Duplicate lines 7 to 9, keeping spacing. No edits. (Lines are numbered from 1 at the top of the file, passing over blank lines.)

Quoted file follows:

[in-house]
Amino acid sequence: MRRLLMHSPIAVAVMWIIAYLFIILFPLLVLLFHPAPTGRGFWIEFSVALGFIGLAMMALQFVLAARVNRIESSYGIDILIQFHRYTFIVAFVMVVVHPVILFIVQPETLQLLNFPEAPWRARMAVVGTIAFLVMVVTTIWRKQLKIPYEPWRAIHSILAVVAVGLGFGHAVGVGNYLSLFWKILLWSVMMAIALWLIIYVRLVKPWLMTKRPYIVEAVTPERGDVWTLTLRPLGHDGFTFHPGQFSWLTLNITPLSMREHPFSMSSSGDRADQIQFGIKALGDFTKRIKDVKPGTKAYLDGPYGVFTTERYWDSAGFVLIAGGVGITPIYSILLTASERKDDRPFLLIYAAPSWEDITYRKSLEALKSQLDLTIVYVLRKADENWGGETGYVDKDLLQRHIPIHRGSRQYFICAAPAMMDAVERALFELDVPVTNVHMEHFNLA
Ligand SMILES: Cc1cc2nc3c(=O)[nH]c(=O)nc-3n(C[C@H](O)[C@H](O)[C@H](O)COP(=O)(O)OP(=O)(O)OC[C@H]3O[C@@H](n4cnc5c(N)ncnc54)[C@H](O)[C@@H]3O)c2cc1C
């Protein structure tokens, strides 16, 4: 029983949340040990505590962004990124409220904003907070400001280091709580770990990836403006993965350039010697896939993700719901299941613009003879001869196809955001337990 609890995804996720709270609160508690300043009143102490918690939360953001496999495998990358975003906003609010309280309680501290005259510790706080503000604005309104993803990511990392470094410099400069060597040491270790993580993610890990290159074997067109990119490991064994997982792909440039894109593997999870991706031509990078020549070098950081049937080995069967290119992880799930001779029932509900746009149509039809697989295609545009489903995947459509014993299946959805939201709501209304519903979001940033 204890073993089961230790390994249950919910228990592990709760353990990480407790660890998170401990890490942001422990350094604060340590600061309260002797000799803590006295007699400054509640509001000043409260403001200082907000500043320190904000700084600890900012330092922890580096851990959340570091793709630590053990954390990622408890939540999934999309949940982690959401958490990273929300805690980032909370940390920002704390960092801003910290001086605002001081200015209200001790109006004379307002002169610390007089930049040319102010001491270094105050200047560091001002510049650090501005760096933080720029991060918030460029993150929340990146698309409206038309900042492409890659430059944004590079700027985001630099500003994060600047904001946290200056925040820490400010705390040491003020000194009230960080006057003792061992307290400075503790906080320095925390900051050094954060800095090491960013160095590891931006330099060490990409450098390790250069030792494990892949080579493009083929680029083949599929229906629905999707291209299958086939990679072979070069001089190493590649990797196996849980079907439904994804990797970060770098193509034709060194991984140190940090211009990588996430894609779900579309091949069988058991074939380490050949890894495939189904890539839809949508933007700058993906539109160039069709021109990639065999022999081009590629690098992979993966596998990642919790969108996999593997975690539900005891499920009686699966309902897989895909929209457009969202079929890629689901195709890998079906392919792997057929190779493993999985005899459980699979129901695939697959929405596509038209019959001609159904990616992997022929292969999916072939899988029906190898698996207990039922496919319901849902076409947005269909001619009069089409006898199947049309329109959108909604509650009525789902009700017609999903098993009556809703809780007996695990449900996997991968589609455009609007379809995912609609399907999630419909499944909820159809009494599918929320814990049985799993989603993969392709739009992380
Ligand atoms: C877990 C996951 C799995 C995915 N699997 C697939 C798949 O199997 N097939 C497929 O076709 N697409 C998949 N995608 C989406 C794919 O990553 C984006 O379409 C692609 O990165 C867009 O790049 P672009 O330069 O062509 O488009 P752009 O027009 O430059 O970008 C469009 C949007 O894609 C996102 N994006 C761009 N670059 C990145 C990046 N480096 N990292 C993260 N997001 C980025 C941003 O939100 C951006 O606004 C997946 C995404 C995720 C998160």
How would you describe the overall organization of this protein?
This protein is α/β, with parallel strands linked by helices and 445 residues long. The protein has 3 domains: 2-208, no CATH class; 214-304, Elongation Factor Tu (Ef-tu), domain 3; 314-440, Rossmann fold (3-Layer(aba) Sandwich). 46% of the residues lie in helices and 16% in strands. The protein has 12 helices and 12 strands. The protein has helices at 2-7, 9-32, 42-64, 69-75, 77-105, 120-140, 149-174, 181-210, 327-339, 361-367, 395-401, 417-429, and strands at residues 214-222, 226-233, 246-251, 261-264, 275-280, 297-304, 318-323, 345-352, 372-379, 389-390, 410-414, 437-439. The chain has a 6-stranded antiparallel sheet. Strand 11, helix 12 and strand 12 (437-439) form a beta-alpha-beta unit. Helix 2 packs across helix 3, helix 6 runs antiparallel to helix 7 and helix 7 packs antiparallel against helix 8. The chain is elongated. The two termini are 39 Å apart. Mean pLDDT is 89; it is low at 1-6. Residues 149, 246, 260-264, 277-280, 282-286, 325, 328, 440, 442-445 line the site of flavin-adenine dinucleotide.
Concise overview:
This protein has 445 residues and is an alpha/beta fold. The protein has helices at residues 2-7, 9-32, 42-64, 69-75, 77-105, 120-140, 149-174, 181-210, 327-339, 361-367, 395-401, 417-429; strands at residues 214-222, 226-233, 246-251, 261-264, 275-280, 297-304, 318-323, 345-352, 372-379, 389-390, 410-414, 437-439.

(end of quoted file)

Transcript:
This protein is α/β, with parallel strands linked by helices and 445 residues long. The protein has 3 domains: 2-208, no CATH class; 214-304, Elongation Factor Tu (Ef-tu), domain 3; 314-440, Rossmann fold (3-Layer(aba) Sandwich). 46% of the residues lie in helices and 16% in strands. The protein has 12 helices and 12 strands. The protein has helices at 2-7, 9-32, 42-64, 69-75, 77-105, 120-140, 149-174, 181-210, 327-339, 361-367, 395-401, 417-429, and strands at residues 214-222, 226-233, 246-251, 261-264, 275-280, 297-304, 318-323, 345-352, 372-379, 389-390, 410-414, 437-439. The chain has a 6-stranded antiparallel sheet. Strand 11, helix 12 and strand 12 (437-439) form a beta-alpha-beta unit. Helix 2 packs across helix 3, helix 6 runs antiparallel to helix 7 and helix 7 packs antiparallel against helix 8. The chain is elongated. The two termini are 39 Å apart. Mean pLDDT is 89; it is low at 1-6. Residues 149, 246, 260-264, 277-280, 282-286, 325, 328, 440, 442-445 line the site of flavin-adenine dinucleotide.
Concise overview:
This protein has 445 residues and is an alpha/beta fold. The protein has helices at residues 2-7, 9-32, 42-64, 69-75, 77-105, 120-140, 149-174, 181-210, 327-339, 361-367, 395-401, 417-429; strands at residues 214-222, 226-233, 246-251, 261-264, 275-280, 297-304, 318-323, 345-352, 372-379, 389-390, 410-414, 437-439.